FIG. 5 graphically illustrates experimentally-derived data for a combination of permeation elements comprising different permeable materials such as buna rubber or urethane, all three located at different locations and individually subjected to cartridge pressure. Similarly to the data of FIG. 4, a 12-gram compressed gas cartridge was lanced while cartridge contents pressure was contained by each of the three permeation elements, each allowed to vent to the atmosphere in this embodiment.
 The 12-gram compressed gas cartridge in this experiment weighed about 98 grams when full. The lanced compressed gas cartridge was weighed once every seven days for four months and the data logged. Again, the permeation rate was substantially linear but this time, cartridge exhaustion would require approximately 444 days.
 FIG. 6 graphically illustrates experimentally-derived data for a permeation element of buna rubber subjected to cartridge pressure. Similarly to the data of FIGS. 4 and 5, a 12-gram compressed gas cartridge was lanced while cartridge contents pressure was contained by one permeation element, allowed to vent to the atmosphere in this embodiment.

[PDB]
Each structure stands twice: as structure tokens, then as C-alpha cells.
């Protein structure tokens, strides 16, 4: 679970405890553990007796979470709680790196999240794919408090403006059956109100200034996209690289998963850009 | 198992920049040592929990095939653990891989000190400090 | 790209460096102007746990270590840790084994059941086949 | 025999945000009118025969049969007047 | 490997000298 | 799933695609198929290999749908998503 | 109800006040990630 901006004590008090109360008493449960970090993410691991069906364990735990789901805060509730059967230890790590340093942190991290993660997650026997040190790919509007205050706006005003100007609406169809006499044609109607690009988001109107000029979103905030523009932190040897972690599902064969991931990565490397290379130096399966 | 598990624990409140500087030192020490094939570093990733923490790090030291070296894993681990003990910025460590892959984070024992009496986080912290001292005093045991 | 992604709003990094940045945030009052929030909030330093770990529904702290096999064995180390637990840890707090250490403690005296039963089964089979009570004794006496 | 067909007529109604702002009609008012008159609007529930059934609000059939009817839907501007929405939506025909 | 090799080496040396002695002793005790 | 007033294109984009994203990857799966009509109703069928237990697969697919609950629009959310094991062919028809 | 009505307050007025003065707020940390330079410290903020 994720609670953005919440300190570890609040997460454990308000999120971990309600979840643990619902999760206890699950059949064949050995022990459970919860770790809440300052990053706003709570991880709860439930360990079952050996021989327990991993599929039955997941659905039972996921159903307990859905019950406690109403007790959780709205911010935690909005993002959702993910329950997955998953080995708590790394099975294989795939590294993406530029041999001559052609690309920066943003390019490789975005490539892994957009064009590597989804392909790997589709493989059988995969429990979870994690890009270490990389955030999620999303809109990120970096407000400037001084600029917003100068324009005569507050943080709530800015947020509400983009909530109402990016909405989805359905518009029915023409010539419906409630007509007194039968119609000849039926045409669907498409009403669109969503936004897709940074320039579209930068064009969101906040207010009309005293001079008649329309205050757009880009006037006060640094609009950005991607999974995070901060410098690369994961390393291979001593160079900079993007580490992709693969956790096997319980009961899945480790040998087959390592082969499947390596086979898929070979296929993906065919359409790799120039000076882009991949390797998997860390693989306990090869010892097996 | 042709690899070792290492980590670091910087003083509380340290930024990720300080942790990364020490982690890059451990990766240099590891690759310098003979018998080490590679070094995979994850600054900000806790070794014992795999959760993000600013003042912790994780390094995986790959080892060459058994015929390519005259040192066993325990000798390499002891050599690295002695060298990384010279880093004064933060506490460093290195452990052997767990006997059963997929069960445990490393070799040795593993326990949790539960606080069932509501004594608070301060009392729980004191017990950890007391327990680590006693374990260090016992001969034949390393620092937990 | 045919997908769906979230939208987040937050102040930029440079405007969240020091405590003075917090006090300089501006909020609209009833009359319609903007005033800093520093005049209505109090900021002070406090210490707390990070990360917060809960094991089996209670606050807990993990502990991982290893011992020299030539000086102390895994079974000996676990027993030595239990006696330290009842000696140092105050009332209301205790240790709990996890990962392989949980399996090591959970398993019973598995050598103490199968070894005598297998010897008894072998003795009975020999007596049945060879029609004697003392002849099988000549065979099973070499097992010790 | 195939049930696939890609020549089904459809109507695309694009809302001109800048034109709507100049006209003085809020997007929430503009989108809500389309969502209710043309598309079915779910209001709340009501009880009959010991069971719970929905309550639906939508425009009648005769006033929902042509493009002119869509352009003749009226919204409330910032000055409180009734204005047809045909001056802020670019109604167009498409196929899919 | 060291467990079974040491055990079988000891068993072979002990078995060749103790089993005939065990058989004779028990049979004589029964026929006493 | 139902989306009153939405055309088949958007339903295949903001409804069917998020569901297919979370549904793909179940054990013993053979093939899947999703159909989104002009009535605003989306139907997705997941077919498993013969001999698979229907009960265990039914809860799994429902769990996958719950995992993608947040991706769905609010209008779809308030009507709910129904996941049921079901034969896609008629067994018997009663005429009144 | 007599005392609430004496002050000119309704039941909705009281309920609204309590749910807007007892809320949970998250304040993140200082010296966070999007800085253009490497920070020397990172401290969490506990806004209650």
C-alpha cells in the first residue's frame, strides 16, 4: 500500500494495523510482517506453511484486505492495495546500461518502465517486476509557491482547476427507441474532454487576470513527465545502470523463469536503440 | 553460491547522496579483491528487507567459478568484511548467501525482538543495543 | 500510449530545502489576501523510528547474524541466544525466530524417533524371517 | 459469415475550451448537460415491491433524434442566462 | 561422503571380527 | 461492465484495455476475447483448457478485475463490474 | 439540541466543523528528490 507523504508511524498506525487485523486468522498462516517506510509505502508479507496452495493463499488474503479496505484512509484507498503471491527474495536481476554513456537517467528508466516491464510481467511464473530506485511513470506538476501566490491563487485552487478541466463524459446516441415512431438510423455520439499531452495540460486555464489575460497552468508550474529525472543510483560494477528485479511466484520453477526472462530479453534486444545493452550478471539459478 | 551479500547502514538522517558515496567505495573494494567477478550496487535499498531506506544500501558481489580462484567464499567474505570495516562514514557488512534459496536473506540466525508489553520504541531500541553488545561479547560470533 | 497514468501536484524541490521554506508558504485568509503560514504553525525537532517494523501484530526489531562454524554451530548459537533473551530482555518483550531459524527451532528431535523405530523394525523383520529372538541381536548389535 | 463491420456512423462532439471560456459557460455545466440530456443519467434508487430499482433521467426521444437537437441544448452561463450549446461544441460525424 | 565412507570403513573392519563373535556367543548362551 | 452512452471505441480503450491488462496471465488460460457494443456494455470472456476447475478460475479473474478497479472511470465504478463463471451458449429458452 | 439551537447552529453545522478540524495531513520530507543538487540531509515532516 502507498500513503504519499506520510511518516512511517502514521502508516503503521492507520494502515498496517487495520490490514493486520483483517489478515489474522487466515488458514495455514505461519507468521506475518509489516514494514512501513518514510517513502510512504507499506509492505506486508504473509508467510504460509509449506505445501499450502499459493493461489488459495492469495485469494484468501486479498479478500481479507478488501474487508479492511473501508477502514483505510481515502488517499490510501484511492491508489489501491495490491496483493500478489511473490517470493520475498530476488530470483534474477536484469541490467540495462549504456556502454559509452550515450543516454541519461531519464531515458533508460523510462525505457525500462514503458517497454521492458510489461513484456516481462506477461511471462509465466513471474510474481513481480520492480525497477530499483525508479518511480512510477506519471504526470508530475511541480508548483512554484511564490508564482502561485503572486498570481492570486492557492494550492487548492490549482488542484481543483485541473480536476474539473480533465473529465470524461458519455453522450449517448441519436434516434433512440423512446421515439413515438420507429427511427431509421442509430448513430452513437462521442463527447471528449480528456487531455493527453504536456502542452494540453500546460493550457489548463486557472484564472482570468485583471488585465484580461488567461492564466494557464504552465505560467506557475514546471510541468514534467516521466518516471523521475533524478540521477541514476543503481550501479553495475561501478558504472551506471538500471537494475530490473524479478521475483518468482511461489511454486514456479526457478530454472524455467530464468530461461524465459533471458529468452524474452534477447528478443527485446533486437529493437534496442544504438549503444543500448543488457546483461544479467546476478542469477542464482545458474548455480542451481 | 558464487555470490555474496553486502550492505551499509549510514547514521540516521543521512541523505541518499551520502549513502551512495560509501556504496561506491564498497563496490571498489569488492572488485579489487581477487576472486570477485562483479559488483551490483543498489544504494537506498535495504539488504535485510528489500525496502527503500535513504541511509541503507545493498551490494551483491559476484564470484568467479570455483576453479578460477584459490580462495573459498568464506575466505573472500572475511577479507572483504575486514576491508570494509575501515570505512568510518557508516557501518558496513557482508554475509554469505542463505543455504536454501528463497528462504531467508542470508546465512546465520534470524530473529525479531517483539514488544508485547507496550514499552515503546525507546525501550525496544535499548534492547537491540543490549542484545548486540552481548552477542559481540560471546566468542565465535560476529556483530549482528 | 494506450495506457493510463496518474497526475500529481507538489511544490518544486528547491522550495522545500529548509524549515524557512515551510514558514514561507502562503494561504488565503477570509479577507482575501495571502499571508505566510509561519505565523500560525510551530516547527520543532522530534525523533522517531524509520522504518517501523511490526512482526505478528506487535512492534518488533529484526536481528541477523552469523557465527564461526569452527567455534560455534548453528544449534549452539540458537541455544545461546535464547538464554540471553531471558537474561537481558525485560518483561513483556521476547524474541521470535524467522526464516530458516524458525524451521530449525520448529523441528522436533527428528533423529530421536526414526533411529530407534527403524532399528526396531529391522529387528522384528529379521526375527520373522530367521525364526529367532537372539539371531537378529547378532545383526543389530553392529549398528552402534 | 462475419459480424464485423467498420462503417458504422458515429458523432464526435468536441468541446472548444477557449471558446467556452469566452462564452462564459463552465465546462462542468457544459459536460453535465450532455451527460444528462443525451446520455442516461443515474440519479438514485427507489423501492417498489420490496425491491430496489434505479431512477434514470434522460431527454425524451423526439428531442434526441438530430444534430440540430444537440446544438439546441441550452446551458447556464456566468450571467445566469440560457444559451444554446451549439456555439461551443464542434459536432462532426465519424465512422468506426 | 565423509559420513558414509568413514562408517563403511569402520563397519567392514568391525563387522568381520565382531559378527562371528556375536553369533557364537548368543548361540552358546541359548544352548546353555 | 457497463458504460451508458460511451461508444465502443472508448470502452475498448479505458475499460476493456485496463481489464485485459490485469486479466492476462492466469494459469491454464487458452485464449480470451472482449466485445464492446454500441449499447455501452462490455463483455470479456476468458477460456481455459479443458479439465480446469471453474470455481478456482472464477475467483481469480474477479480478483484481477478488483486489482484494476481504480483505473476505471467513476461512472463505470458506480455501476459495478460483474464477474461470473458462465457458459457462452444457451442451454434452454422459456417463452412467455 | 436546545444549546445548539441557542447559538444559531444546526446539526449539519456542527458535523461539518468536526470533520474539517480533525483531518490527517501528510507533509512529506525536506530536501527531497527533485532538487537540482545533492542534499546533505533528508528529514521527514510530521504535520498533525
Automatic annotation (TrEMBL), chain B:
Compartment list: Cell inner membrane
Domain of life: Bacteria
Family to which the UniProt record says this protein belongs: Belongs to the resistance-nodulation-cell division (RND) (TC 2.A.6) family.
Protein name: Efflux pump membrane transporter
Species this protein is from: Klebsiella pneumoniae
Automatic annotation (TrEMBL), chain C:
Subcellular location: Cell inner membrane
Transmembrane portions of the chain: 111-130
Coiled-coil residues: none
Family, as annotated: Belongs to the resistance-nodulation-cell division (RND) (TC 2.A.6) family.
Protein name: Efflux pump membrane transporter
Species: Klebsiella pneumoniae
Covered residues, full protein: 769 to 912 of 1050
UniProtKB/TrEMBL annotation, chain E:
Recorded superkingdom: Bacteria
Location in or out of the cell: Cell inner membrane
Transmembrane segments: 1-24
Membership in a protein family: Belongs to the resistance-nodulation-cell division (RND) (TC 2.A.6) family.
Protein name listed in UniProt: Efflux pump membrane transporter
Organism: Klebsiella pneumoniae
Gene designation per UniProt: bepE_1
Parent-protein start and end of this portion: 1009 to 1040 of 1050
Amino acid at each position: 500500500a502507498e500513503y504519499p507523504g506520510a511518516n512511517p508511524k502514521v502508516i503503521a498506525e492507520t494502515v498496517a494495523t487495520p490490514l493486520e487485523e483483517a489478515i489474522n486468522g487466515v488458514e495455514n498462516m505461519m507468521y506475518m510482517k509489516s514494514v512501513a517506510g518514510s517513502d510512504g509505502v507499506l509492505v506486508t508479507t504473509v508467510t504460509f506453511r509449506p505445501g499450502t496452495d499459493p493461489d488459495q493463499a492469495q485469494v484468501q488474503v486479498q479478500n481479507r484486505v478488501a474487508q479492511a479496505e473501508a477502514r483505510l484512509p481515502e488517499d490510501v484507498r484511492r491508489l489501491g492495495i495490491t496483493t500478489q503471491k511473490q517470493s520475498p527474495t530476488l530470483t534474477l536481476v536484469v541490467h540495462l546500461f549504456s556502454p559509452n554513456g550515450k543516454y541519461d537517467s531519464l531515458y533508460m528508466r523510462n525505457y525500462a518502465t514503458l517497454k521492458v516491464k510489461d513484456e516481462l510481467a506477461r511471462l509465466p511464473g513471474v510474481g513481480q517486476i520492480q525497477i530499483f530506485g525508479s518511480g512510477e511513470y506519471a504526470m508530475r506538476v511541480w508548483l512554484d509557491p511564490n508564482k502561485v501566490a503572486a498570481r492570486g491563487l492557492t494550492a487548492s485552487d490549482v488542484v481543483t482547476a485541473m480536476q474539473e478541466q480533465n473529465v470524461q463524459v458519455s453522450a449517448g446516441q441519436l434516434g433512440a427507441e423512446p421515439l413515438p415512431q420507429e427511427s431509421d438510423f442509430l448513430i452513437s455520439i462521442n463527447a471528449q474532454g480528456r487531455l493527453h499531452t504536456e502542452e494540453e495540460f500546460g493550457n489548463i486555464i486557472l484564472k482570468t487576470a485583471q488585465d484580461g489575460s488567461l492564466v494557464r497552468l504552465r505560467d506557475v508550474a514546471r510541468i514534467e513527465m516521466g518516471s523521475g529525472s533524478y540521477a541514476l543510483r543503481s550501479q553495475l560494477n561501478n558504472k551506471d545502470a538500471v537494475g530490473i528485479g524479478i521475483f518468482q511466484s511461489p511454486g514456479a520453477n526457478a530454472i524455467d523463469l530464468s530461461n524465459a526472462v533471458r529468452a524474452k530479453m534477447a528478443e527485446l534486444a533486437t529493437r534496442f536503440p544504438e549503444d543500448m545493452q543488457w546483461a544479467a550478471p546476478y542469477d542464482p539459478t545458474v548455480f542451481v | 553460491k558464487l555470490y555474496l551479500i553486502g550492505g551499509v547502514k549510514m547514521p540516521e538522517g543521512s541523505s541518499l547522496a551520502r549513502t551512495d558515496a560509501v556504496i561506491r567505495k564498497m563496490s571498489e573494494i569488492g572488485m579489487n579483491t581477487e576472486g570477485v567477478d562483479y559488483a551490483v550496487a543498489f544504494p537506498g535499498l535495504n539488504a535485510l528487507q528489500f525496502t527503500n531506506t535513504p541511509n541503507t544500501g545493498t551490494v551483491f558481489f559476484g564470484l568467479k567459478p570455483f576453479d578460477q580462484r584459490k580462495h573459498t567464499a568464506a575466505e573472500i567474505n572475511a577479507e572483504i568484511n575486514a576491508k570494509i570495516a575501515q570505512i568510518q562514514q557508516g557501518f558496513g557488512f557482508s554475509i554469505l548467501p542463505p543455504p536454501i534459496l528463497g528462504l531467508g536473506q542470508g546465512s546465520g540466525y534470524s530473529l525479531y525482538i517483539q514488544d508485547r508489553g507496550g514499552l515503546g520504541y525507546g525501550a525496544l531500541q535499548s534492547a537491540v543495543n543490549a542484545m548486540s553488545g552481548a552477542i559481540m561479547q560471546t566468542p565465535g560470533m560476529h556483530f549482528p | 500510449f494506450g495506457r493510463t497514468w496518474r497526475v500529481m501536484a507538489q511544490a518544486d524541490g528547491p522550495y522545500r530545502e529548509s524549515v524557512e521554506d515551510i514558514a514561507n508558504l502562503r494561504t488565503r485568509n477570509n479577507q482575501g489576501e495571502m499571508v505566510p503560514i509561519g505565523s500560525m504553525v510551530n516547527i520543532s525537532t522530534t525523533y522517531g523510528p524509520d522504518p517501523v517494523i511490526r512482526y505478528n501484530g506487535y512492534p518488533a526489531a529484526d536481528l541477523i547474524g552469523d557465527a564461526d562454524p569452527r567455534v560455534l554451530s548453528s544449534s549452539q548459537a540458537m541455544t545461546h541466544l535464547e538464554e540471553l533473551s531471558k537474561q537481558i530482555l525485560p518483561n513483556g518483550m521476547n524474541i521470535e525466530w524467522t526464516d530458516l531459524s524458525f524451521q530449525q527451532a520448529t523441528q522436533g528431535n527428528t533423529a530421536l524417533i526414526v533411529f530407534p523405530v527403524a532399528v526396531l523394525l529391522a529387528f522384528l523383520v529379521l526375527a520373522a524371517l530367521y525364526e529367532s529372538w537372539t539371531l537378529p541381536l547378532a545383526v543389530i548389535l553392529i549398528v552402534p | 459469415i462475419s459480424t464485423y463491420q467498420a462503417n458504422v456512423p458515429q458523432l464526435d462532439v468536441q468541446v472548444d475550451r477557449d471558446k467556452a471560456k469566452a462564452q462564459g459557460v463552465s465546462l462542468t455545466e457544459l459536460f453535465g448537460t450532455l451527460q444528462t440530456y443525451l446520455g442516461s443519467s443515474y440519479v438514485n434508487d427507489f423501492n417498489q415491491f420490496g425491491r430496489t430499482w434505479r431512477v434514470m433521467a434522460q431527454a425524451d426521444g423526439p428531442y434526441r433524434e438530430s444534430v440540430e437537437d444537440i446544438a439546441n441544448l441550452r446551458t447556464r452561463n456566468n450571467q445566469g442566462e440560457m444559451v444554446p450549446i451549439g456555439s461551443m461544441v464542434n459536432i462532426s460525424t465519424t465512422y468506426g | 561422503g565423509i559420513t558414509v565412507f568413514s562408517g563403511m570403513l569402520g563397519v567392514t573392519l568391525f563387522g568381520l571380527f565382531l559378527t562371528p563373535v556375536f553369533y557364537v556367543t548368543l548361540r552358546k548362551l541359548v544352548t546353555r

The 12-gram compressed gas cartridge in this experiment weighed about 111.1 grams when full. The lanced compressed gas cartridge was weighed once every seven days for four months and the data logged. Again, the permeation rate was substantially linear but this time, cartridge exhaustion would require approximately 1110 days, or greater than three years.
 One skilled in the art could readily experiment using permeable elements having larger or smaller areas and of differing materials to tailor a permeation rate. Fortunately for the linear behavior that describes permeation rates, a short data-gathering term provides foresight for one to predictably estimate the exhaustion date for such a system.
 Additionally, one could stack permeation elements in series and/or parallel to tailor permeation to different locations at varying rates while utilizing the same compressed gas cartridge.